Leading auto manufacturers, including BMW and Nissan, equipped their cars with Takata airbags despite knowing they were dangerous, according to legal filings reviewed on February 28 by Agence France-Presse.
The claims, laid out in a civil case against Takata and leading automakers, broadens responsibility for the scandal to auto manufacturers, who have largely been seen as victims in the exploding airbags scandal.
The debacle led to the largest global auto recall ever following 16 fatalities, 11 in the United States.
On February 27, Tokyo-based Takata formally pleaded guilty and agreed to pay $1 billion after admitting to defrauding customers and auto manufacturers by misrepresenting the performance of airbag inflators.
The $1 billion settlement included $125 million for individuals injured by Takata airbags and $850 million for auto manufacturers to cover airbag recall and replacement costs, the Justice Department said.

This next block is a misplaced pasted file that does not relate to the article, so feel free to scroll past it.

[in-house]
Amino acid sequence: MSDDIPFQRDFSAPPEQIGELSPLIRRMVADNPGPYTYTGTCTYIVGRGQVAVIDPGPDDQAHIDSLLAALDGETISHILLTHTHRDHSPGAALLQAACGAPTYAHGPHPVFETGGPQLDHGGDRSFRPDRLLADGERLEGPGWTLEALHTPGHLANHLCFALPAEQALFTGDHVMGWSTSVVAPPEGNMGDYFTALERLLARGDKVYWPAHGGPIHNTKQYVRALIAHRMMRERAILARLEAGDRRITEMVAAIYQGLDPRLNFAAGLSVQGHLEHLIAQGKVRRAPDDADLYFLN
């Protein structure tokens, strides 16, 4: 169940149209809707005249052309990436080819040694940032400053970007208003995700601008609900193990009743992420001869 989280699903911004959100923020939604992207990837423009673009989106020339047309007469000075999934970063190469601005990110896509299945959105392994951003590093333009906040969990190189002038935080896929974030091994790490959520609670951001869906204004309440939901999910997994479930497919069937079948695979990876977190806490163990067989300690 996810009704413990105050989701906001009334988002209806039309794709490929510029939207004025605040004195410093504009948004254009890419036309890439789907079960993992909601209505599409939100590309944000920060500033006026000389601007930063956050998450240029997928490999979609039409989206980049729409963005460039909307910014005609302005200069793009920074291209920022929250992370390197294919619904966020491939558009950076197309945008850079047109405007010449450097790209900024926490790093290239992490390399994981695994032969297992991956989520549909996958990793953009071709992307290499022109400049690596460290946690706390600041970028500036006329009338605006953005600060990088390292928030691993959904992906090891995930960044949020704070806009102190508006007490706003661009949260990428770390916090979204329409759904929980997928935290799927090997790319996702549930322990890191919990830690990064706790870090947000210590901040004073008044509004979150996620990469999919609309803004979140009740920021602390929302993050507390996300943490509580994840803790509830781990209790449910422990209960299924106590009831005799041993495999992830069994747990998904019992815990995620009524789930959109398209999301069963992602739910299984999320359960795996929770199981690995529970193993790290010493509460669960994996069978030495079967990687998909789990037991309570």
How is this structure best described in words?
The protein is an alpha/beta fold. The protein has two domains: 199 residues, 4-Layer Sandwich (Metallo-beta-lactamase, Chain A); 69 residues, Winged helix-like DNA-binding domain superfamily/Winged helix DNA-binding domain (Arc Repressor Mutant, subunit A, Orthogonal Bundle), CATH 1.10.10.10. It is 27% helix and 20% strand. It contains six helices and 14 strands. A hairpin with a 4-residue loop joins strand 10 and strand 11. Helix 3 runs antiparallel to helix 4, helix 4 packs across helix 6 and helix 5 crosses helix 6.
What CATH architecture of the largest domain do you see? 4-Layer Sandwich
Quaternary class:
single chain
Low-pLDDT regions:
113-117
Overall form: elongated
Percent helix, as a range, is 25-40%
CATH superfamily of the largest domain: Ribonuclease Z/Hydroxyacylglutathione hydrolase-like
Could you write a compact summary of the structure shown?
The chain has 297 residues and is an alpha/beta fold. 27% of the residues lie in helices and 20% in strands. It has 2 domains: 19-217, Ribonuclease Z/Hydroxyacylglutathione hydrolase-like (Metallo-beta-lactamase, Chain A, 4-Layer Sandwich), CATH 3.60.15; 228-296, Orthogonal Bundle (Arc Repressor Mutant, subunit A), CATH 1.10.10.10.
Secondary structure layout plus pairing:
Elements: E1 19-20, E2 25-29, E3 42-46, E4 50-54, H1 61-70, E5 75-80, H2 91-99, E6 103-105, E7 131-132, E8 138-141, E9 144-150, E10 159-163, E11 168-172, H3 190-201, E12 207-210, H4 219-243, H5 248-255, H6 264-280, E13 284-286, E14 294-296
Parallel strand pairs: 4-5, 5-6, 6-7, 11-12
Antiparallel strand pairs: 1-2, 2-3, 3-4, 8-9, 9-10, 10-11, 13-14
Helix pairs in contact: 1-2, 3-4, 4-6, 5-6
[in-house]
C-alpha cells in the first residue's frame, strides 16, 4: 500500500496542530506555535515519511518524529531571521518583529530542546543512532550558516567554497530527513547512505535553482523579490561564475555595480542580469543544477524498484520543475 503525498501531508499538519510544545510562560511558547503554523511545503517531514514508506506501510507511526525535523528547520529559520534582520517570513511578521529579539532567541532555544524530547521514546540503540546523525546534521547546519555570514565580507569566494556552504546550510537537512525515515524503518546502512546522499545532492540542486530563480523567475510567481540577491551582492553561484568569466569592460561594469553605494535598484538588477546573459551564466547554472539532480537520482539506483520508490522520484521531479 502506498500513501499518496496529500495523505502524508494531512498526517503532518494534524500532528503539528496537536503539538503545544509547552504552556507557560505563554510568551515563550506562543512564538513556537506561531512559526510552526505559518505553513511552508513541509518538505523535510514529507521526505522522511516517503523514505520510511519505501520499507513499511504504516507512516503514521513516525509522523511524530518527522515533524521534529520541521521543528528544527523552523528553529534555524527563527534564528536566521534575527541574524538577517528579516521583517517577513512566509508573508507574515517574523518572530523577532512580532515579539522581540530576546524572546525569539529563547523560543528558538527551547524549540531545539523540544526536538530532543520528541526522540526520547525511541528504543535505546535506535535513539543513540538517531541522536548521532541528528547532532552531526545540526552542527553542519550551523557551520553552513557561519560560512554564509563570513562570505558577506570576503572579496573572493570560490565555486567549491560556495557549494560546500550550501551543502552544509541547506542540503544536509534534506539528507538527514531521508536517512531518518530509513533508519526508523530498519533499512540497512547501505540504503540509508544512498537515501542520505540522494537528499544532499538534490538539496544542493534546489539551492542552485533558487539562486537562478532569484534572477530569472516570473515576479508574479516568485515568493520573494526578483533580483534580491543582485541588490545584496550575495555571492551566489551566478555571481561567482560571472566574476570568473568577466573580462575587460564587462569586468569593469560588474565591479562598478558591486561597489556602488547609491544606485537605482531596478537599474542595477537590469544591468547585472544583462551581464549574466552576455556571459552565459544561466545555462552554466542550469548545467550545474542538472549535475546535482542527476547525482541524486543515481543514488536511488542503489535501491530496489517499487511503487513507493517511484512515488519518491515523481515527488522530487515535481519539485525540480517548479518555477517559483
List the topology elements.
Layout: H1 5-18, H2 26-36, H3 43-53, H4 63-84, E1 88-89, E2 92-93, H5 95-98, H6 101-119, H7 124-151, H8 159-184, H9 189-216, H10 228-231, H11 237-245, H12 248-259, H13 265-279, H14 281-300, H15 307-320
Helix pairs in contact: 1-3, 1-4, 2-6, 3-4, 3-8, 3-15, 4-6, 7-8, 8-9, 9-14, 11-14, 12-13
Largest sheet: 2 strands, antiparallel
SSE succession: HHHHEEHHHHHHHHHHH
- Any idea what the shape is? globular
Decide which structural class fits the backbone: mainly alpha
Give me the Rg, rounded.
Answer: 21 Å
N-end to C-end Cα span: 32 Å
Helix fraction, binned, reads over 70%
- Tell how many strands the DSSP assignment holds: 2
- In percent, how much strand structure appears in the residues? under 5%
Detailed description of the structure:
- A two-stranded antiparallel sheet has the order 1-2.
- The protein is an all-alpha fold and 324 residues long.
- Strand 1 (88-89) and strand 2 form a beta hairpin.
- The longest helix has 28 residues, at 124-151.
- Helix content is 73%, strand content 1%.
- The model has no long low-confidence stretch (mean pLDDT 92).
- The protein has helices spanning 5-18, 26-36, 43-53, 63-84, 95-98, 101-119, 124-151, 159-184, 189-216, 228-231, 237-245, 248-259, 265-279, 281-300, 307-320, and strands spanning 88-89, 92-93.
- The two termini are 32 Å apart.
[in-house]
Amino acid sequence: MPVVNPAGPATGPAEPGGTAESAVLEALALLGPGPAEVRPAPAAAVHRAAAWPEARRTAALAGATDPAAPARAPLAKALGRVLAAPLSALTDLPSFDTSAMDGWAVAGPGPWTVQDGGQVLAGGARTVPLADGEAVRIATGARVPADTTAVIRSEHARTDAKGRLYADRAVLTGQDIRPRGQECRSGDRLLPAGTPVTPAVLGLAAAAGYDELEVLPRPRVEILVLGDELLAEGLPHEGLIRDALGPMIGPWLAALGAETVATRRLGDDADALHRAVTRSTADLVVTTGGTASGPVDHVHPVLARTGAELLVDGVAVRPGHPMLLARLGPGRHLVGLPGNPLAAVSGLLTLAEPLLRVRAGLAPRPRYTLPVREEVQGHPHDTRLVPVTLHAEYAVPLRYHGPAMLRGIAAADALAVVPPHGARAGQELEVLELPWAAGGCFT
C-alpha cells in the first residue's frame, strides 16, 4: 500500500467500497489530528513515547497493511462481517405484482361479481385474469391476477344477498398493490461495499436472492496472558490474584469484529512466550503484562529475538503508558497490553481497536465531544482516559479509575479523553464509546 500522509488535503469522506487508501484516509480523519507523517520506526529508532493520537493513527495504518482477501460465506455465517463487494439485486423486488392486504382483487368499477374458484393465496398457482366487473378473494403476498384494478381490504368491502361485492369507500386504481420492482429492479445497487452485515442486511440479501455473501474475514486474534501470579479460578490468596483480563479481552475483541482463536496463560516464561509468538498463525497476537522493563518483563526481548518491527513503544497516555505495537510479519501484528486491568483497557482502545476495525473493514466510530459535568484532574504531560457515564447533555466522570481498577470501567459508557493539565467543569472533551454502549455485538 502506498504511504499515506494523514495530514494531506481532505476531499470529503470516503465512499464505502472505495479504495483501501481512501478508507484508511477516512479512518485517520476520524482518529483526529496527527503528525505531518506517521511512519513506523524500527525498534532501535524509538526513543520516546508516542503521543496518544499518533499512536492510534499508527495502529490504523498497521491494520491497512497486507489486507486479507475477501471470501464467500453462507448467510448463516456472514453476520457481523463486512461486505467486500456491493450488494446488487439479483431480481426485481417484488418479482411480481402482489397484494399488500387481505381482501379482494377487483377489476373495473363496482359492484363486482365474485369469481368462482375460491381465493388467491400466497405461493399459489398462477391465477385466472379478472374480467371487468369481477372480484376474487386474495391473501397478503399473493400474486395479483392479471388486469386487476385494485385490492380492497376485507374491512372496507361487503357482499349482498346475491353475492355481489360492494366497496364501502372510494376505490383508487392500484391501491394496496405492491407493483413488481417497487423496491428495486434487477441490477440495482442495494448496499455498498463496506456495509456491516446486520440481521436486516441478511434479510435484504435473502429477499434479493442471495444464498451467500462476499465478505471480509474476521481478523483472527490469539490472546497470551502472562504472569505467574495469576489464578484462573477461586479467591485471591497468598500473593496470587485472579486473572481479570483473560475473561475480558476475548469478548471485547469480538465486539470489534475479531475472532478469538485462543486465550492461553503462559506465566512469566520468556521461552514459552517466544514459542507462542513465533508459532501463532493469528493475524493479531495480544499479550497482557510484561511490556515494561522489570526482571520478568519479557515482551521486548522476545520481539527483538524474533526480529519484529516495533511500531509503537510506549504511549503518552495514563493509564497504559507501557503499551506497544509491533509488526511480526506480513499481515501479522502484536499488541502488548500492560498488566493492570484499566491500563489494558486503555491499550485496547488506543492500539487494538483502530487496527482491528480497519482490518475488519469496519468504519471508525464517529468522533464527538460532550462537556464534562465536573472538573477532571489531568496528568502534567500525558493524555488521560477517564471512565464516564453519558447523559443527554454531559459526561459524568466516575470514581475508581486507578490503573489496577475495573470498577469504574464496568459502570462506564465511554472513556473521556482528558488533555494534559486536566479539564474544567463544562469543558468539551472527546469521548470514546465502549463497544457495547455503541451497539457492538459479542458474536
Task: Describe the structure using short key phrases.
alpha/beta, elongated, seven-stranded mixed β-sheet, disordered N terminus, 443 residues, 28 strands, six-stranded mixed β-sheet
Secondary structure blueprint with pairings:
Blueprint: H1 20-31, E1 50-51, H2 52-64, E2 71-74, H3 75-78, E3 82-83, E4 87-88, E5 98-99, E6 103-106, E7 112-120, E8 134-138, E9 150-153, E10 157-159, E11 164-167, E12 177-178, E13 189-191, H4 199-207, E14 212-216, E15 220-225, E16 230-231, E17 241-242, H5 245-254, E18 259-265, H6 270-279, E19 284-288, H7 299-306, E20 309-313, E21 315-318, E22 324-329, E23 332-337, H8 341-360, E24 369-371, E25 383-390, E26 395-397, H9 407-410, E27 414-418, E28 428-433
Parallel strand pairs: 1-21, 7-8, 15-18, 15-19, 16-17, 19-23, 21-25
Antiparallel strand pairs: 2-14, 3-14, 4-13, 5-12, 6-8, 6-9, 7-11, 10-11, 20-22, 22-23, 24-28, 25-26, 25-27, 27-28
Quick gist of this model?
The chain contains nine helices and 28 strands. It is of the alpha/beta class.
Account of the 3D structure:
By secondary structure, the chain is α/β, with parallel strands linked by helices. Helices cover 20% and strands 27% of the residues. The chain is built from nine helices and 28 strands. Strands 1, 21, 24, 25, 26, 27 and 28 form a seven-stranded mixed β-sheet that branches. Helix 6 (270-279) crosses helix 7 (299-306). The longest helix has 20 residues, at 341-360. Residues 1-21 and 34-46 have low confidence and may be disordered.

But lawyers representing victims in the case said the large automakers were hardly blameless in the fiasco.
"Automotive defendants had independent knowledge ... that Takata's airbags were not safe well before installing them in millions of vehicles," said a filing from plaintiffs attorneys at Podhurst Orseck, a law firm.
The car companies were "aware that rupture after rupture, both during testing and in the field, confirmed how dangerous and defective Takata's airbags were," the filing said.
"For the automotive defendants to call themselves victims insults the real victims here -- hundreds of people who have seriously injured or killed."
Plaintiffs attorneys are still building their case, but said evidence so far pointed to early knowledge of Takata airbag flaws at Honda, Toyota, Nissan, Ford and BMW.
Most of those companies did not immediately respond to a request for comment. BMW said it could not comment on current litigation.
The problem is linked to a defect that can cause safety devices to inflate with excessive force, sending shrapnel from the inflator canister hurtling toward drivers and passengers.
Copyright Agence France-Presse, 2017